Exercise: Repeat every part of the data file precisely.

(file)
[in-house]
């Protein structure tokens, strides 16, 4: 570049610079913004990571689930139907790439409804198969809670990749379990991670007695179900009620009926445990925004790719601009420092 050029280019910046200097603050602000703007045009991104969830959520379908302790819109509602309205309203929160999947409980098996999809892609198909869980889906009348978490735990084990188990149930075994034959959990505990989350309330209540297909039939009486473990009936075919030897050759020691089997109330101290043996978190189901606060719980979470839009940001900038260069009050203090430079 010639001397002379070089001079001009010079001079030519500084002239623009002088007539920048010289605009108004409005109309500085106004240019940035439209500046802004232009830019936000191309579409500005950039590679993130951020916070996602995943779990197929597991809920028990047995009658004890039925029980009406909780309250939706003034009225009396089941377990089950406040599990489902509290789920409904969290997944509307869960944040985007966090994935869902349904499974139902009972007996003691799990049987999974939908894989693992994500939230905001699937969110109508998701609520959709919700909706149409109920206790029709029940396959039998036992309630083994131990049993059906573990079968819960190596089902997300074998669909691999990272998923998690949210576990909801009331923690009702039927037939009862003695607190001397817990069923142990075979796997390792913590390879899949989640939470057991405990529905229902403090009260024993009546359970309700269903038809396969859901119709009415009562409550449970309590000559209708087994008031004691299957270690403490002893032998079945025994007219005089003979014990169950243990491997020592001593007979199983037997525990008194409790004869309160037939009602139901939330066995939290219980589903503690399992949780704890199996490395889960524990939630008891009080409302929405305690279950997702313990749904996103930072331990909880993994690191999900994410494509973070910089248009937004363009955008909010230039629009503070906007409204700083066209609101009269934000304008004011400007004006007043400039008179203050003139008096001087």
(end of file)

[in-house]
């Protein structure tokens, strides 16, 4: 570049610079913004990571689930139907790439409804198969809670990749379990991670007695179900009620009926445990925004790719601009420092 050029280019910046200097603050602000703007045009991104969830959520379908302790819109509602309205309203929160999947409980098996999809892609198909869980889906009348978490735990084990188990149930075994034959959990505990989350309330209540297909039939009486473990009936075919030897050759020691089997109330101290043996978190189901606060719980979470839009940001900038260069009050203090430079 010639001397002379070089001079001009010079001079030519500084002239623009002088007539920048010289605009108004409005109309500085106004240019940035439209500046802004232009830019936000191309579409500005950039590679993130951020916070996602995943779990197929597991809920028990047995009658004890039925029980009406909780309250939706003034009225009396089941377990089950406040599990489902509290789920409904969290997944509307869960944040985007966090994935869902349904499974139902009972007996003691799990049987999974939908894989693992994500939230905001699937969110109508998701609520959709919700909706149409109920206790029709029940396959039998036992309630083994131990049993059906573990079968819960190596089902997300074998669909691999990272998923998690949210576990909801009331923690009702039927037939009862003695607190001397817990069923142990075979796997390792913590390879899949989640939470057991405990529905229902403090009260024993009546359970309700269903038809396969859901119709009415009562409550449970309590000559209708087994008031004691299957270690403490002893032998079945025994007219005089003979014990169950243990491997020592001593007979199983037997525990008194409790004869309160037939009602139901939330066995939290219980589903503690399992949780704890199996490395889960524990939630008891009080409302929405305690279950997702313990749904996103930072331990909880993994690191999900994410494509973070910089248009937004363009955008909010230039629009503070906007409204700083066209609101009269934000304008004011400007004006007043400039008179203050003139008096001087």